The following is a guest post by Dr Teresa Chan, Assistant Professor at McMaster University.
In the paper by Khanova et al. (2015) in the October issue of Medical Education, investigators explored student perceptions of learning experiences across multiple flipped classroom activities.
From my personal experiences, I think that the flipped classroom model makes sense – pushing content-delivery phase to preparation work, this ensures that students might be better prepared to optimally take advantage of the classroom time wherein they might best interact with the teacher.
In this paper they raise the issue around the importance of the “active” proportion of the flipped classroom model. Multiple students noted in this study that the flipped classroom study simply acknowledged that the concept was good, but the strength of the educational experience is dependent on the implementation of the classroom-phase of this material. Some have previously accused the flipped classroom model to be the result of poor teaching practices in our existing medical education culture, but I think that the selection of a worthwhile and enriching experience for the classroom phase of a flipped classroom can augment learning substantively. Aligned with Kolb’s theory on experiential learning, creating a good quality experience for learners is important, as it has the potential to enhance engagement, which in turn often assists with learning.
Methods used locally
In my years as a senior resident and now as a junior faculty member, I have used the flipped classroom a number of different times. My colleagues have also used these techniques increasingly. At McMaster University’s Emergency Medicine residency, we have used the following strategies in the past few years:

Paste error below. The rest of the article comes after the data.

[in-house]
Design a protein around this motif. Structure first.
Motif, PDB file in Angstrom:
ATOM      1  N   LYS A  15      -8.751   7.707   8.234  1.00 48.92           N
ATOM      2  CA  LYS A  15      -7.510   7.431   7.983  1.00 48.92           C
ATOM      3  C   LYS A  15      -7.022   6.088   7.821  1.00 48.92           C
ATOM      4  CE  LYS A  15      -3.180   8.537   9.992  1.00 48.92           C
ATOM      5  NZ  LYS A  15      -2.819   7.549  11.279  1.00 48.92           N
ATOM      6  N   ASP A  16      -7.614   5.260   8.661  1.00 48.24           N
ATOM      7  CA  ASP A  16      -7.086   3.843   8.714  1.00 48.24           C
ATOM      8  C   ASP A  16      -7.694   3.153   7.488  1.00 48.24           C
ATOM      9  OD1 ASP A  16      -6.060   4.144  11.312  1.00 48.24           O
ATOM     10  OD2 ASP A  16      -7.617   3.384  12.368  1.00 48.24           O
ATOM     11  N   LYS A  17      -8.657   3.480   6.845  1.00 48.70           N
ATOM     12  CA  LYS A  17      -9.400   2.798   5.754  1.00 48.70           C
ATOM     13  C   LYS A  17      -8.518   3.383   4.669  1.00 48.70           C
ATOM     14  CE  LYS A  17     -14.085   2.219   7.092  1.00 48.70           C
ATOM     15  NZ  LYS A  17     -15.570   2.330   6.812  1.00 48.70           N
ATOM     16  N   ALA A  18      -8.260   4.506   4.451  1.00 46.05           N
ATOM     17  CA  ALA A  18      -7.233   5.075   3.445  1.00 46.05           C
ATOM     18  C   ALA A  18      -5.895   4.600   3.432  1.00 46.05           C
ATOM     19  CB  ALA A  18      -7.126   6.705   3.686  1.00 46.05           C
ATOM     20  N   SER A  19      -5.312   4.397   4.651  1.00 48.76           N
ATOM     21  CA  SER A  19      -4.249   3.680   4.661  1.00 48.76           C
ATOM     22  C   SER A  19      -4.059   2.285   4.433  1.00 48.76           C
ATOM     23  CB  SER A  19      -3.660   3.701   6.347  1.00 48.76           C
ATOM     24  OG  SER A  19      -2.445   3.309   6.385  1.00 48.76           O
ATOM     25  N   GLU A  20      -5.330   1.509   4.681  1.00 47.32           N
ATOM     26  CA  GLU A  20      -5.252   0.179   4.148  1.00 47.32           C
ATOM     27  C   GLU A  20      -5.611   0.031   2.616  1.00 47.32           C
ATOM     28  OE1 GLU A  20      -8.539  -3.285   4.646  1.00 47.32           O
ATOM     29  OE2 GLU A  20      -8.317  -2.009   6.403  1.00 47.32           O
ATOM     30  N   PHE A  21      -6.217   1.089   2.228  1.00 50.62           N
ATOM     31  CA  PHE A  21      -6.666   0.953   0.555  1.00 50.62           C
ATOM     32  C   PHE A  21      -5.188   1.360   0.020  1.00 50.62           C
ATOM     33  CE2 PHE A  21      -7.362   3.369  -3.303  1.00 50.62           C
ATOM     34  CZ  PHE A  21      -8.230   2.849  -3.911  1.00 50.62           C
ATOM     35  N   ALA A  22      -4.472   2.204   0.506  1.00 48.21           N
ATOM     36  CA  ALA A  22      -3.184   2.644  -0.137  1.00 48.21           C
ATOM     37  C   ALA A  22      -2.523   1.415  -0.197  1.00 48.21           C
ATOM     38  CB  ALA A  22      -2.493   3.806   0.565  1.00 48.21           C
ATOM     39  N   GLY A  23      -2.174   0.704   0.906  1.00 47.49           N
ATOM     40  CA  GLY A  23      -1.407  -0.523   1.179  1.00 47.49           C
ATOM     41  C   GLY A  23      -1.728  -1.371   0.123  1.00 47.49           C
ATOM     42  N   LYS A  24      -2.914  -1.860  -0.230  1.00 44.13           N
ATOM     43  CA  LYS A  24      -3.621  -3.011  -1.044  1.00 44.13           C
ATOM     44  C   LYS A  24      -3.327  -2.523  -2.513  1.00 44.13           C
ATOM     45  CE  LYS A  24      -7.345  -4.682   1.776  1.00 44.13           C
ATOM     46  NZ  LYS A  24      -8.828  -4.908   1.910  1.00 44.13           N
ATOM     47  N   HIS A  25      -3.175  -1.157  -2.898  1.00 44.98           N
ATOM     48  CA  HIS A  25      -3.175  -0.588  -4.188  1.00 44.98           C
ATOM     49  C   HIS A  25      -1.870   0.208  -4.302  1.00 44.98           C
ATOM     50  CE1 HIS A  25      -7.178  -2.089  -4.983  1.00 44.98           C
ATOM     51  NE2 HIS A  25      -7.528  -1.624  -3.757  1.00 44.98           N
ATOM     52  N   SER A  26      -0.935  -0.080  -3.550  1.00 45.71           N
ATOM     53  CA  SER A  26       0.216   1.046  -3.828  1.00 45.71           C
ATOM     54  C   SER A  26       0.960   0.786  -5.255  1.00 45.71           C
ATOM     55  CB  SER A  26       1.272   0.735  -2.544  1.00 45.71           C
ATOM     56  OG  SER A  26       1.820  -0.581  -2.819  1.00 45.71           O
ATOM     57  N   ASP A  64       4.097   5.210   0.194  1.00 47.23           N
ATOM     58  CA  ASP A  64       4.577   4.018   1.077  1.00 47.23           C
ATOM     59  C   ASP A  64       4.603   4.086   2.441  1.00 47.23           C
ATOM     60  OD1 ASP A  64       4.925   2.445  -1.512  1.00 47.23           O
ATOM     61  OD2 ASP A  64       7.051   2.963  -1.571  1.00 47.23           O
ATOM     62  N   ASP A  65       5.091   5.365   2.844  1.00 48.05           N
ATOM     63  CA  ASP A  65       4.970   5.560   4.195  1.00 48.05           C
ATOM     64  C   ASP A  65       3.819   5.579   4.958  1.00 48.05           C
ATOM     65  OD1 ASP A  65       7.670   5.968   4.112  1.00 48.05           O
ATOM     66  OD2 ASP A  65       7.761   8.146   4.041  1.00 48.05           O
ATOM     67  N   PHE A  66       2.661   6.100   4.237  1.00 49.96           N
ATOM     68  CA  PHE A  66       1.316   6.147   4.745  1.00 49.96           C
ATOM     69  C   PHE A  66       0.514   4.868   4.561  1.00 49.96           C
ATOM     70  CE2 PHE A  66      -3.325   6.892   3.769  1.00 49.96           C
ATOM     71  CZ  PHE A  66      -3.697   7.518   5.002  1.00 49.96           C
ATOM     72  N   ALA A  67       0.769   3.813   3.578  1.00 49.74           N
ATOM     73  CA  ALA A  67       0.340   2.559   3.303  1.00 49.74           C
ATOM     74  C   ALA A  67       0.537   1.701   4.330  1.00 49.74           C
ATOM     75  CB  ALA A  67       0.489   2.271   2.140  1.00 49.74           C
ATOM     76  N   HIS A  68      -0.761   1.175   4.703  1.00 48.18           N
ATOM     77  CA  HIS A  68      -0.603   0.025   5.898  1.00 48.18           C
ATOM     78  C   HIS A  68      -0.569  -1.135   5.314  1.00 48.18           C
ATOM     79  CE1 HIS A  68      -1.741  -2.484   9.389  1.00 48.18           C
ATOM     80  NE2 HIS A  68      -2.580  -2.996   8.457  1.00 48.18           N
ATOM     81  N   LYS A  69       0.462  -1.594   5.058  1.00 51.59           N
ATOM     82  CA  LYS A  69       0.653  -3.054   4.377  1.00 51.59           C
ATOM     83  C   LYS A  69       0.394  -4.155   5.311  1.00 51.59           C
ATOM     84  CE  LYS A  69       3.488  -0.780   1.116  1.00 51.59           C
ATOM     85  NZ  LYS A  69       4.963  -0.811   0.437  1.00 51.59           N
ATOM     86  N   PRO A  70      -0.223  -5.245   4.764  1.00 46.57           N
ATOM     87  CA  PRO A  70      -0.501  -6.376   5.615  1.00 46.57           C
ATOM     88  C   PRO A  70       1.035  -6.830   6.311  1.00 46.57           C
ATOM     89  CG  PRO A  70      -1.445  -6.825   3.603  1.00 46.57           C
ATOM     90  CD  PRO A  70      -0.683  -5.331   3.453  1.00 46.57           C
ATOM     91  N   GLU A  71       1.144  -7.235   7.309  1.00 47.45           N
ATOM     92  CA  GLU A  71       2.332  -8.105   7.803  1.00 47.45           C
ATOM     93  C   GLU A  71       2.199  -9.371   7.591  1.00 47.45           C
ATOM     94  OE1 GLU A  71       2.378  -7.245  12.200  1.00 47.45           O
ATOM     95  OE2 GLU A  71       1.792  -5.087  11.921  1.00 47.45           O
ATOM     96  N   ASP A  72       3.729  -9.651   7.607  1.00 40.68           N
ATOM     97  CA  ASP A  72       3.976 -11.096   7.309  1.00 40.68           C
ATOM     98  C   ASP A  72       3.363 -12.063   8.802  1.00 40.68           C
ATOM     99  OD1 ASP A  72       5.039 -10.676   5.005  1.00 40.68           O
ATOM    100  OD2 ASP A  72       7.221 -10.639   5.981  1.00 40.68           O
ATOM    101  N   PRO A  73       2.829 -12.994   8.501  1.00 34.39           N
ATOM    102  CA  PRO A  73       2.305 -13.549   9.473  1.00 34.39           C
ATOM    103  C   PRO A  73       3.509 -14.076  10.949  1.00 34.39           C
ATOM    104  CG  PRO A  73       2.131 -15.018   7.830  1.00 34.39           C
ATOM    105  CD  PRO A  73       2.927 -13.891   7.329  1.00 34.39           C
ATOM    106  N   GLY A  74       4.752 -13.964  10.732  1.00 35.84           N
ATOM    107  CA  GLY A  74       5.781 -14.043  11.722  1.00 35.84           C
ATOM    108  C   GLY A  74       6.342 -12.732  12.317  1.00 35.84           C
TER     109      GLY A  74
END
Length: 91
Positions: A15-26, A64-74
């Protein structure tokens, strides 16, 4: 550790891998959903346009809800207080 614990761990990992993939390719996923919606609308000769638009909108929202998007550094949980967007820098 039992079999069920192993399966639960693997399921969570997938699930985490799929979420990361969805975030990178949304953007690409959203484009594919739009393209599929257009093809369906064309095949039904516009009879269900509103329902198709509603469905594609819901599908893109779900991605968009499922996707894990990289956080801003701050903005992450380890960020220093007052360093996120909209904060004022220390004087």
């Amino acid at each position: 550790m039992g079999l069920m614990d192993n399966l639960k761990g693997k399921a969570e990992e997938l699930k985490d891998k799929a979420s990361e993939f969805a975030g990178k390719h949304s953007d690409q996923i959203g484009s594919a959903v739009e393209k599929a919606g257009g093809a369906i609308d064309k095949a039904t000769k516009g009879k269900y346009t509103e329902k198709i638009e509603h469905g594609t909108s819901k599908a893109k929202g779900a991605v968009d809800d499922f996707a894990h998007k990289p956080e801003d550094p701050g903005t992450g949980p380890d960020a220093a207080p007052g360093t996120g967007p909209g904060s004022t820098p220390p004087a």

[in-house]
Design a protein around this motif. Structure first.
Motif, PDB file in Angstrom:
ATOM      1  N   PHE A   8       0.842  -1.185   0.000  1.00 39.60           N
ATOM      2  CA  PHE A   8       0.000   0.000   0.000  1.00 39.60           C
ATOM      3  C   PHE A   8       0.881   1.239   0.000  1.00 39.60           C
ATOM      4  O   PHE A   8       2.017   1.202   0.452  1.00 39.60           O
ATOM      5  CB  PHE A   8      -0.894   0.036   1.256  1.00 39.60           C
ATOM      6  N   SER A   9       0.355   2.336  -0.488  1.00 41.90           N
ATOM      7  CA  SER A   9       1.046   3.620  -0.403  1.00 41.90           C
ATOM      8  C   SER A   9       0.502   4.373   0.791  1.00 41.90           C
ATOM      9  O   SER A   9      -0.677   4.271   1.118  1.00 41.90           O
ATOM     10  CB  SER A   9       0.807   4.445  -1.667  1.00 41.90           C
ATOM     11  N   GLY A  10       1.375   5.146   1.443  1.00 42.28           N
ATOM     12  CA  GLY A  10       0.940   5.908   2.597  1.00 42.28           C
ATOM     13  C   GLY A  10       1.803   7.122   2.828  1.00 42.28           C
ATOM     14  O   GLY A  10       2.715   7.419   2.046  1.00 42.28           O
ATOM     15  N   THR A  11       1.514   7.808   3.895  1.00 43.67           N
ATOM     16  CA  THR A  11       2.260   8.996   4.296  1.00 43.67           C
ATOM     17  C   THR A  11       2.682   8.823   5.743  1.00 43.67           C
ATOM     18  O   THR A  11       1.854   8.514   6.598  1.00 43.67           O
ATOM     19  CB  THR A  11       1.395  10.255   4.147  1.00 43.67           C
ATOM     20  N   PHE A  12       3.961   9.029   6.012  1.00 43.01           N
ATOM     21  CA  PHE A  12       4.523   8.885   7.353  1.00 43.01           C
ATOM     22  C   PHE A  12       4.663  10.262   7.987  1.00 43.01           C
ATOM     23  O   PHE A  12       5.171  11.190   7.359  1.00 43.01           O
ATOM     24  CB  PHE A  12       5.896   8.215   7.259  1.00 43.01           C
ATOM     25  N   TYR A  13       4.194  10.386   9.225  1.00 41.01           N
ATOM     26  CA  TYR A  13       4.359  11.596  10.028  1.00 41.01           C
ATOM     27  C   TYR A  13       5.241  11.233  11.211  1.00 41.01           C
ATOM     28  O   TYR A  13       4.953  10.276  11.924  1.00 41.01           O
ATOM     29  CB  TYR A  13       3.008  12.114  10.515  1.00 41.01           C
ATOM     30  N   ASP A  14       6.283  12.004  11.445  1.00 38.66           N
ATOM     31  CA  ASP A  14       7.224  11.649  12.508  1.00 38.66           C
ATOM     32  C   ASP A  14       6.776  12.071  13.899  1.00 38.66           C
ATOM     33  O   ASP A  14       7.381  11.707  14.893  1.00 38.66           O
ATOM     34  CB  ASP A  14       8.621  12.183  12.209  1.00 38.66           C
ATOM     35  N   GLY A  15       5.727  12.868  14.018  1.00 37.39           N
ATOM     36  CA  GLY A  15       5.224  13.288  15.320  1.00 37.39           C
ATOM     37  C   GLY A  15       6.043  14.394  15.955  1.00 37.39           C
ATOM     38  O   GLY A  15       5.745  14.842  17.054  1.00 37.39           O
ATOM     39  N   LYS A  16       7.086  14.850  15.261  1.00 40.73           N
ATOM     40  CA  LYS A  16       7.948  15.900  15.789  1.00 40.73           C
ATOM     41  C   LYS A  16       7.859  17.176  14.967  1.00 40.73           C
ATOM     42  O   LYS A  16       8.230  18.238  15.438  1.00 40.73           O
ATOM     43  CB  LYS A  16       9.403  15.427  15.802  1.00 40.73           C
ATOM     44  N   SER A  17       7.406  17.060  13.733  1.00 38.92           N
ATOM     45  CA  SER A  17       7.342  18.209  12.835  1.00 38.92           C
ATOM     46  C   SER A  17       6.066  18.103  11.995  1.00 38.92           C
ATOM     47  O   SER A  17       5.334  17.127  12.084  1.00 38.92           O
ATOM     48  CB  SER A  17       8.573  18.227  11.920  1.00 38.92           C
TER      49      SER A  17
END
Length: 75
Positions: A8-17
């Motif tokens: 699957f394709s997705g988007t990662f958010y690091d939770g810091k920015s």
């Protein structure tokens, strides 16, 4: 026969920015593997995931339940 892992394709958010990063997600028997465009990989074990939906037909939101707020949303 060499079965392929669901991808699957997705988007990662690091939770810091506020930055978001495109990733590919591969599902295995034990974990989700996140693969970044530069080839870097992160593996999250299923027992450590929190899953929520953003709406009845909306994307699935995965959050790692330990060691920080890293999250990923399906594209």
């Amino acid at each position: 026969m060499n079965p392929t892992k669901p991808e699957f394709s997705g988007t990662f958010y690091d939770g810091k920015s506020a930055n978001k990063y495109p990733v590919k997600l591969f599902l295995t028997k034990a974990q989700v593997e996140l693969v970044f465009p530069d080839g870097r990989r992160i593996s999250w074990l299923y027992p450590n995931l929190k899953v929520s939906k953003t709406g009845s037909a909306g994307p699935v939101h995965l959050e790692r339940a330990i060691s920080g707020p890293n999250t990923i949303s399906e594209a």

- Group activities – creation of teaching materials by students (e.g. podcast scripting, vodcast scripting)
- Group debate / discussion
- Case-based discussions
- Cooperative learning activity with discussion and debrief
- High fidelity simulation
- Mass Casualty simulation (i.e. Large Scale simulation with >30 patients and >15 learners)
- Table top simulation exercises
- “Pimp the expert” where the students get to ask the teacher questions based on the prep work to clarify
Stella Yiu (creator of the FlippedEMclassroom) has also written about this previously on a medical education-related blog providing her spin on materials that might be useful for those planning a flipped classroom activity.
The Wisdom of the #MedEdJ community: A Crowdsourcing Opportunity
- Teachers – Have you run a flipped classroom experience? If so, what did you plan?
- Students – Have you been subject to one? If so, were your problems similar to those as listed by the students in Khanova’s paper?
Please join us in sharing your experiences with our virtual community of practice.